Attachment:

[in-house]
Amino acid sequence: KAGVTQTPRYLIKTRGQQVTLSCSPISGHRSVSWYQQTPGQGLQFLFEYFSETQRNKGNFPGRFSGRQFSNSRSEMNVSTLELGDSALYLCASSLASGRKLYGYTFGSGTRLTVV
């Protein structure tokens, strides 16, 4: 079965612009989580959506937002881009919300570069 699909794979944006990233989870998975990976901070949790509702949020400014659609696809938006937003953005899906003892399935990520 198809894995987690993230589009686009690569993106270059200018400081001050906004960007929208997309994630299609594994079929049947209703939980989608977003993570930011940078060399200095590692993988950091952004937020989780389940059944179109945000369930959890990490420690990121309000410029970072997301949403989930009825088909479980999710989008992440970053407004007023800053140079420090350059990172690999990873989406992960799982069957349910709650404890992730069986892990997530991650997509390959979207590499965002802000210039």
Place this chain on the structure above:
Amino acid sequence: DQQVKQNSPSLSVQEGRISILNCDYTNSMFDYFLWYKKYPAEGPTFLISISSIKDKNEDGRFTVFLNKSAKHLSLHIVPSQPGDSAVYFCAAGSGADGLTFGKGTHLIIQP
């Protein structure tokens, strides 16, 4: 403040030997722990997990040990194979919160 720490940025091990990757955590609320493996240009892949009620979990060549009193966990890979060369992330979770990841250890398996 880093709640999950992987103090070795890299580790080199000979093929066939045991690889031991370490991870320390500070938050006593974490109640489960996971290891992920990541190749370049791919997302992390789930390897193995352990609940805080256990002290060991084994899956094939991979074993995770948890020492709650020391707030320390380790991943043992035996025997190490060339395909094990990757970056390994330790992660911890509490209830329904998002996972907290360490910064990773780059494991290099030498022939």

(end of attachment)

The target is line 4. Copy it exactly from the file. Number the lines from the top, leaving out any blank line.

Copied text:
Place this chain on the structure above: